Blind dog that survived a hit-and-run travels the world with new owner

Rescue beagle Olly may have missing eyes and teeth but ‘she is always happy and her tail is constantly wagging’ while she travels the world with her new adopted owners

Pirate dog doesn't let blindness stop her from living life to the fullest
Olly lives life to the fullest despite being blind in both eyes

An adorable dog now lives life to the fullest despite being completely blind in both eyes.

Rescue beagle Olly survived a hit-and-run four years ago and has battled many illnesses since.

But what the five-year-old pup lacks in sight and teeth, she makes up for in heart and sheer determination to keep living.

From America to Dubai, Italy and Belgium, adventurous Olly has traveled the world with her new owners – who describes the views to her every step of the way.

“She is always happy and her tail is constantly wagging,” says owner Mary Davis, managing editor at PetKeen .

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Olly had to adjust to life without both eyes


Mary Davis)

The blind beagle has a zest for life


Mary Davis)

While visiting North Carolina, United States, in 2018, Mary spotted a photo of a small rescue dog online.

The one-year-old beagle puppy was partially blind and had a half-body cast.

She had survived a hit-and-run and was left to die on the side of the road.

Despite her disabilities, it was “love at first sight” for Mary.

“I met lots of cute, energetic dogs and hyper little puppies at the rescue shelter, but this broken dog touched my heart, as I felt a bit broken inside,” she said.

“I knew we could find a way to heal together.”

The rescue center offered to care for the pup until her shoulder had healed, but Mary “wanted her just as she was”.

She loves snuggles with her new owners


Mary Davis)

Mary calls Olly a ‘professional sleeper’


Mary Davis)

Within one month of bringing Olly home, the puppy’s shoulder had healed and her cast was off.

But at the same time, she had an operation to remove her left eye.

“Olly became our one-eyed pirate and pranced along with glee and a cute little hobble,” Mary said.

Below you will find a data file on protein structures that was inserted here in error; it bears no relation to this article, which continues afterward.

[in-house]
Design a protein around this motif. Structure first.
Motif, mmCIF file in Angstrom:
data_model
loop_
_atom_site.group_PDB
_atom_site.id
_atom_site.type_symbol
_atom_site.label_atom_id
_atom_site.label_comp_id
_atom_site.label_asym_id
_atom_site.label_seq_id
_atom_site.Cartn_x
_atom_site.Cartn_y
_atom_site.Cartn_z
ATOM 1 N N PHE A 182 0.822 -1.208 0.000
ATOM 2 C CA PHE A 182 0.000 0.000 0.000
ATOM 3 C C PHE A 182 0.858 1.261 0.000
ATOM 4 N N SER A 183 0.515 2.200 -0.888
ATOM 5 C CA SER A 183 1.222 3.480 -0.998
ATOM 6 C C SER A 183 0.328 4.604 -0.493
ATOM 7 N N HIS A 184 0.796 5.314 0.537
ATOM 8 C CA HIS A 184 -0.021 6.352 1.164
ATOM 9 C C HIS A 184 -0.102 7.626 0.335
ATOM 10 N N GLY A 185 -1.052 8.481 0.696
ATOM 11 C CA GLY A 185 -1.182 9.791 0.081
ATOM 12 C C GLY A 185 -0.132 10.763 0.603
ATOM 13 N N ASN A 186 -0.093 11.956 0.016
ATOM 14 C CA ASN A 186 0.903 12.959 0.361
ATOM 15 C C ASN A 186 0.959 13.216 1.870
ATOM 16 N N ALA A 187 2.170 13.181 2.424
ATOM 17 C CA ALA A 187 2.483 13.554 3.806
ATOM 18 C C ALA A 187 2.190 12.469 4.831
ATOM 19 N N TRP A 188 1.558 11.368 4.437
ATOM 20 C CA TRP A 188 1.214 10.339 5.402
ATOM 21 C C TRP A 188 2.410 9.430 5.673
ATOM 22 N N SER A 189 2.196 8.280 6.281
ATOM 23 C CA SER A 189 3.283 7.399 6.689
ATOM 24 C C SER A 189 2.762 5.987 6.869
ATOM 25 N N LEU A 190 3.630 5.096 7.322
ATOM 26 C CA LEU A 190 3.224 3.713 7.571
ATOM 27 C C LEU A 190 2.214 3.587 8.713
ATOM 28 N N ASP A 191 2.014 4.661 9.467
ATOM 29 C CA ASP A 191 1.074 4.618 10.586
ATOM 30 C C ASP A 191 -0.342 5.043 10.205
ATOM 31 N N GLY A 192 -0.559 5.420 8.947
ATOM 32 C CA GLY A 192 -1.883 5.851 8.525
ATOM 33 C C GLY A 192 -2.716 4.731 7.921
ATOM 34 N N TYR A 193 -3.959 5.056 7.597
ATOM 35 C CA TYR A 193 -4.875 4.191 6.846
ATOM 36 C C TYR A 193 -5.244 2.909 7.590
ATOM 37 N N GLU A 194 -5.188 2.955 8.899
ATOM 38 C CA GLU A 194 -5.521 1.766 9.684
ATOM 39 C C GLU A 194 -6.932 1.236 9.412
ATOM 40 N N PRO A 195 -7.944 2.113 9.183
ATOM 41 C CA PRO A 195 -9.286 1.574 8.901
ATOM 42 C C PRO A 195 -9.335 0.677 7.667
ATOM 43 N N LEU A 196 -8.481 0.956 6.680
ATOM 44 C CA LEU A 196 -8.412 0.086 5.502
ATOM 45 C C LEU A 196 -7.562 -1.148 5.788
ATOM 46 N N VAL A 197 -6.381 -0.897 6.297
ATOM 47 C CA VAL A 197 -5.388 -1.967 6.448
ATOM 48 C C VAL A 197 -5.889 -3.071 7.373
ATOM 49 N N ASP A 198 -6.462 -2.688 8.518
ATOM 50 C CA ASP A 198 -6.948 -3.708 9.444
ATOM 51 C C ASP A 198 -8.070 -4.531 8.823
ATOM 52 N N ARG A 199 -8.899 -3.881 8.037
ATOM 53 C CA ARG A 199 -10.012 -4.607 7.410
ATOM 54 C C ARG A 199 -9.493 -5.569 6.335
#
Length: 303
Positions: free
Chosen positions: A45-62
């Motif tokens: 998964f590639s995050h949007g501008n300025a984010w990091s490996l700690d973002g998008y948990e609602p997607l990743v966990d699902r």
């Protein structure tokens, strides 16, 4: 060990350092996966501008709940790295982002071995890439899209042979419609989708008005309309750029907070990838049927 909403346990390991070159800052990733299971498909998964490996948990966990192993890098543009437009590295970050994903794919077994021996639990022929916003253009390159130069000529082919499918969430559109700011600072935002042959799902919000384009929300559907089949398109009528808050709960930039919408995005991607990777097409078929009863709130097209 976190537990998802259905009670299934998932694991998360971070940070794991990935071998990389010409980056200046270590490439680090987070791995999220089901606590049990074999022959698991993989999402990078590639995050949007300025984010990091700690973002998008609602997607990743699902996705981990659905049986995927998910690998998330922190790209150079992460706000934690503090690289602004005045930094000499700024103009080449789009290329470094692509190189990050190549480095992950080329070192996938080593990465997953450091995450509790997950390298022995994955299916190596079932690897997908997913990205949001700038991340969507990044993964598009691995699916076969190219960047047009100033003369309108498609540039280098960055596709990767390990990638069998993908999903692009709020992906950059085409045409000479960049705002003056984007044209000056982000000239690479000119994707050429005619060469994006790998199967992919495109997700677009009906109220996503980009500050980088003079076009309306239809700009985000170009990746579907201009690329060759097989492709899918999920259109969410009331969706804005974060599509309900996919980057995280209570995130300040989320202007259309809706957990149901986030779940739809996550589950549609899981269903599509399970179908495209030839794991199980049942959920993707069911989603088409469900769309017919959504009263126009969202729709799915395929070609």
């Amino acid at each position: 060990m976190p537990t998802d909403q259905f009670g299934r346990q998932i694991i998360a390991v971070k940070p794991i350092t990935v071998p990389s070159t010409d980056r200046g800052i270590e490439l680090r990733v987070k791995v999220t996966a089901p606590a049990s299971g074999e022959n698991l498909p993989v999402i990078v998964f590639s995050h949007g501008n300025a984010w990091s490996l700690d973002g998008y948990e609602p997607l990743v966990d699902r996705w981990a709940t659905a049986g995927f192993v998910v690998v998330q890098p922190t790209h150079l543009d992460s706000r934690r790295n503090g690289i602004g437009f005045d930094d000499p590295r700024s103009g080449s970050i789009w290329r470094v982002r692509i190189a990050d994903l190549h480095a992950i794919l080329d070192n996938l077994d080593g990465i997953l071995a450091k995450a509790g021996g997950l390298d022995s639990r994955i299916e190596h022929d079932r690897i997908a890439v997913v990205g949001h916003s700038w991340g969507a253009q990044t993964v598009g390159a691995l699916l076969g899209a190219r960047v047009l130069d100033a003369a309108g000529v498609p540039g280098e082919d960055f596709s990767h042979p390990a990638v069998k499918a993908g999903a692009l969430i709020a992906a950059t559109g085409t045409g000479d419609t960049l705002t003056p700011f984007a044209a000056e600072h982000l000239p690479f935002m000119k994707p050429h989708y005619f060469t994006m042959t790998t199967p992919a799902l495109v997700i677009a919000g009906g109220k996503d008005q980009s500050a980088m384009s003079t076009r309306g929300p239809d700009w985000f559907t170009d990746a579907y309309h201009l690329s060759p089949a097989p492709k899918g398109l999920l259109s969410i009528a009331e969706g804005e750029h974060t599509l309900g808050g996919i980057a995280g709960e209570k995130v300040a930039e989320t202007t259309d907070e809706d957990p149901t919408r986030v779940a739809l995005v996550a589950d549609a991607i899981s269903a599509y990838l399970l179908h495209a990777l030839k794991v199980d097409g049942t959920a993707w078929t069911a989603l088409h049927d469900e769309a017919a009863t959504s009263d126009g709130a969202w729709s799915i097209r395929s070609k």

Three months later, glaucoma claimed Olly’s right eye, leaving her completely blind.

“I thought she would become depressed or aggressive, but you know what she did? She literally frolicked in the grass,” Mary said.

“It was so powerful to me.”

Olly was inspiring from the get-go, and remained Mary’s emotional support animal, while Mary became her eyes.

Olly is much loved in her new home


Mary Davis)

It soon became clear that Olly loved snuggles, food and sleep, and always wanted to be in Mary’s bed.

“We’ve pretty much been joined at the hip ever since,” Mary said.

From rural North Carolina where Olly was found to Dubai where she first lived, the adorable pup has traveled the world with her adopted owners.

She’s lived in Seattle, Italy and is now in Brussels.

“We’ve described the views to her every step of the way,” Mary said.

Curious Olly isn’t a fan of the rain, but loves fresh fruit and enjoys travelling.

Over the last four years, Olly has visited the vets for all sorts of illnesses, and last week, she even had nine teeth pulled out.

“You name it, she’s lived through it,” Mary said.

It was love at first sight for Mary


Mary Davis)

Olly is an inspiration to everyone around her


Mary Davis)

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“Olly has been a true inspiration to our whole family thanks to her ability to demonstrate her love of life and will to live, no matter the hurdles,” Mary said.

The blind beagle has become so skilled at followed voices, Mary sometimes forgets she can’t see.

Olly finds it easy to learn new furniture layouts and senses the slightest change in movement.

“If I let the water run for approximately five seconds, she’ll rush to my side in the kitchen – because that sound often means I am rinsing an apple – her favorite snack!” Mary said.

Though that doesn’t mean Olly’s blindness comes without difficulty.

The clumsy pup often mistakes the dirty laundry basket for her dog bed and bumps her head at least half-a-dozen times before finding her food bowl.

“Her occasional confusion is endearing,” Mary explained.

“Her drive to discover and enjoy life has never changed, despite any physical restrictions.

“She is always happy and her tail is constantly wagging. We look forward to many more years with our darling daredevil.”

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George Holan

George Holan is chief editor at Plainsmen Post and has articles published in many notable publications in the last decade.

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